TRB Access Management AHB70

Increasing the awareness and use of Access Management

Importance of Access Management


With fewer new arterial roadways being built, the need for effective systems management strategies is greater than ever before. Access management is particularly attractive as it offers a variety of benefits to a broad range of stakeholders. By managing roadway access, government agencies can increase public safety, extend the life of major roadways, reduce traffic congestion, support alternative transportation modes, and even improve the appearance and quality of the built environment.

Without access management, the function and character of major roadway corridors can deteriorate rapidly. Failure to manage access is associated with the following adverse social, economic, and environmental impacts:

  • An increase in vehicular crashes,
  • More collisions involving pedestrians and cyclists,
  • Accelerated reduction in roadway efficiency,
  • Unsightly commercial strip development,
  • Degradation of scenic landscapes,
  • More cut-through traffic in residential areas due to
    overburdened arterials,
  • Homes and businesses adversely impacted by a continuous
    cycle of widening roads, and
  • Increased commute times, fuel consumption, and vehicular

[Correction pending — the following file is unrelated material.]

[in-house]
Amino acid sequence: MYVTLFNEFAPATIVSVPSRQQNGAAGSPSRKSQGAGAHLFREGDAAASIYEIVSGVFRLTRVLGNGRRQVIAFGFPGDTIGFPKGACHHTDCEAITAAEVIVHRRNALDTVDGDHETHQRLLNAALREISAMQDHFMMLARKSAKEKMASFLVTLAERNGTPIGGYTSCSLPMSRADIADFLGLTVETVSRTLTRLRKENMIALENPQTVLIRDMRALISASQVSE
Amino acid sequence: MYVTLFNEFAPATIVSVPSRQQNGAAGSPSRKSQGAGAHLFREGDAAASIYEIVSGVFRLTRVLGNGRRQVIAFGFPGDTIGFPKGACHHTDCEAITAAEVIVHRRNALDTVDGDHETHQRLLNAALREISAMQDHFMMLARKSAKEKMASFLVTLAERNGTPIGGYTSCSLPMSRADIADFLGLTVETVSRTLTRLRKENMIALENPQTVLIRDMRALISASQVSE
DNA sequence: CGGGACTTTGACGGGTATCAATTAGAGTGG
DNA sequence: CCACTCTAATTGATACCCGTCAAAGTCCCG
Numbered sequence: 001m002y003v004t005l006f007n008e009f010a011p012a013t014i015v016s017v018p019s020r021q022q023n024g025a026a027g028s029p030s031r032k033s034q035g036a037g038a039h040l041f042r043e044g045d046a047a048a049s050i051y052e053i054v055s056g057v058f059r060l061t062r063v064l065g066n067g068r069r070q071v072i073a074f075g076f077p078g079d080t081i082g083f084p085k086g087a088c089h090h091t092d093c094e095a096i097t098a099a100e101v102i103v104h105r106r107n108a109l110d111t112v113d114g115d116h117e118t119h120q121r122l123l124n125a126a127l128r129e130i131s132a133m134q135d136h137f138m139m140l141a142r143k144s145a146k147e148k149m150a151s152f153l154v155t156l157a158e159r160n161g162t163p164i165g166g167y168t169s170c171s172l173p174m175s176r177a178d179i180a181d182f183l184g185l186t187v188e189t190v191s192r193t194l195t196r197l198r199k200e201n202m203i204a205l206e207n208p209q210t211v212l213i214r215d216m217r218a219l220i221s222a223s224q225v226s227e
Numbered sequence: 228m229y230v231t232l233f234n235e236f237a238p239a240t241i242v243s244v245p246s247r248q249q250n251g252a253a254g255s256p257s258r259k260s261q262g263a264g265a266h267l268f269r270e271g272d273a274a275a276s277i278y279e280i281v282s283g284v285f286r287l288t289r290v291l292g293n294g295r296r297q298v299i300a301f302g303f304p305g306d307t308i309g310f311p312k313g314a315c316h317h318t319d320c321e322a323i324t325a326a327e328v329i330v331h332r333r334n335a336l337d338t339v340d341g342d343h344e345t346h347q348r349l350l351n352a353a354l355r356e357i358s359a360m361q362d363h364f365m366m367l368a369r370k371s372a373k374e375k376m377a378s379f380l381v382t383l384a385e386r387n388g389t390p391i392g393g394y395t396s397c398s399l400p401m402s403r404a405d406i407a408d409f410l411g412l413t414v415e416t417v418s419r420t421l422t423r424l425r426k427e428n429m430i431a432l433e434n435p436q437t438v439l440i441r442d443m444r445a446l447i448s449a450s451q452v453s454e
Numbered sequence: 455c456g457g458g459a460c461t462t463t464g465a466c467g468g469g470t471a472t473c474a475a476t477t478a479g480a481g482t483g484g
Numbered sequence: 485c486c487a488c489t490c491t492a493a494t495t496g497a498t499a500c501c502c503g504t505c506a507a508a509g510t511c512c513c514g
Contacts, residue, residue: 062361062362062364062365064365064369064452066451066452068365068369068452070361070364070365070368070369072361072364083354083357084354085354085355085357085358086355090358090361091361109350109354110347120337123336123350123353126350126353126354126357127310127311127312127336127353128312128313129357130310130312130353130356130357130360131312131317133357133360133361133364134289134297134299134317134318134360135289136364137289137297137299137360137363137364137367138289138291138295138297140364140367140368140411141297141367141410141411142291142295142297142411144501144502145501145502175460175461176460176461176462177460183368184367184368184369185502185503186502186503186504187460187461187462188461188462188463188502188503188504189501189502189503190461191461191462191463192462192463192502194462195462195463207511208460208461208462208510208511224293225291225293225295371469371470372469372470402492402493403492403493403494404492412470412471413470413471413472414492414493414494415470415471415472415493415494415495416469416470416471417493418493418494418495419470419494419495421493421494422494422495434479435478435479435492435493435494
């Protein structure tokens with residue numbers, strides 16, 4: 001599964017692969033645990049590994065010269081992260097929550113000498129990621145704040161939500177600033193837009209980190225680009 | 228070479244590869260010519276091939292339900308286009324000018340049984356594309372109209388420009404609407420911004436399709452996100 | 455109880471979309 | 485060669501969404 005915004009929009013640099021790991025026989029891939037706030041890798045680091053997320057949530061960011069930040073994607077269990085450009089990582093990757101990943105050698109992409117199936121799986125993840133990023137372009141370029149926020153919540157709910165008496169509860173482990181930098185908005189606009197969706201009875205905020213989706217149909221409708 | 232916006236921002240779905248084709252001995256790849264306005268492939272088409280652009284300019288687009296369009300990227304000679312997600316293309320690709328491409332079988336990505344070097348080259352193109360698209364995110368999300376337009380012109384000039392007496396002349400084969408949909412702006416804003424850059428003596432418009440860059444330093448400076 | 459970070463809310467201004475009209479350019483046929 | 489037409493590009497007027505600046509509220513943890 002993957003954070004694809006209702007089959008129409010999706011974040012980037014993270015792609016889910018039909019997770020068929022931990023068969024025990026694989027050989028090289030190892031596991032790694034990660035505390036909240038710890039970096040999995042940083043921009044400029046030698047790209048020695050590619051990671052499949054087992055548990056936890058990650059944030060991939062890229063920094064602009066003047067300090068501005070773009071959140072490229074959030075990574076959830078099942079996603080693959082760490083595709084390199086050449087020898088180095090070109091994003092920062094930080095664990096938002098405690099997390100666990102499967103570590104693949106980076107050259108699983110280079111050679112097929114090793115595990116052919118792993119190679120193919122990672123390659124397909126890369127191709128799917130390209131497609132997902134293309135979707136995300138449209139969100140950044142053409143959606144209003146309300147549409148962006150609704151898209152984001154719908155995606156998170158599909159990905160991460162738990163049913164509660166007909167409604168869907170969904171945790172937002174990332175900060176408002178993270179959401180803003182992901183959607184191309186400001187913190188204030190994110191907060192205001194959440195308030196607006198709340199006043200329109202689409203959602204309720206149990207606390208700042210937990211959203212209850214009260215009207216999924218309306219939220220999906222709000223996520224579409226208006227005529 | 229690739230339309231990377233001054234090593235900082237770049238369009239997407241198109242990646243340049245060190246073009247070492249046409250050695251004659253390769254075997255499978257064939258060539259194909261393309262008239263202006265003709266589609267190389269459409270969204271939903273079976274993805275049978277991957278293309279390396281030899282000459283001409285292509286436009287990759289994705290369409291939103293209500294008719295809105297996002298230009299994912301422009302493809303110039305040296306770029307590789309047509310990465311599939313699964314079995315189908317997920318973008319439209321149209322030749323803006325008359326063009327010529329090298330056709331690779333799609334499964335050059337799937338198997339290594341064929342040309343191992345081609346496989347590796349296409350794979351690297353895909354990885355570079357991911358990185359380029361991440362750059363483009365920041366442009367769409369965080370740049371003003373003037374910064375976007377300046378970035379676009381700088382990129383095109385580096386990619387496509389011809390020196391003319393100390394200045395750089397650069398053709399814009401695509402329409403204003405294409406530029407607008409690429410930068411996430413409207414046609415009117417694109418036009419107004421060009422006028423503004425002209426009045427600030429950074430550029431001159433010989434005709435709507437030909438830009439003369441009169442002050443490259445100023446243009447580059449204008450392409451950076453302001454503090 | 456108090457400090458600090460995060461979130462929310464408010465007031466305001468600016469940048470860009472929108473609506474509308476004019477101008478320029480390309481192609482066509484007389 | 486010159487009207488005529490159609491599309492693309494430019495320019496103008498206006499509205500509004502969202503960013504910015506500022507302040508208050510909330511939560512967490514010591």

emissions as numerous driveways and traffic signals intensify congestion and
    delays along major roads.

Not only is this costly for government agencies and the public, but it also adversely affects corridor businesses. Closely spaced and poorly designed driveways make it more difficult for customers to enter and exit businesses safely. Access to corner businesses may be blocked by queuing traffic. Customers begin to patronize businesses with safer, more convenient access and avoid businesses in areas of poor access design. Gradually the older developed areas begin to deteriorate due to access and aesthetic problems, and investment moves to newer better-managed corridors.

After access problems have been created, they are difficult to solve. Reconstructing an arterial roadway is costly and disruptive to the public and abutting homes and businesses. The shallow property depth, multiple owners, and right-of-way limitations common to older corridors generally preclude ffective redesign of access and site circulation. In some cases, a new arterial or bypass must be built to replace the functionally obsolescent roadway, and the process begins again in a new location. Access management programs can help stop this cycle of functional obsolescence, thereby protecting both the public and private investment in major roadway corridors.

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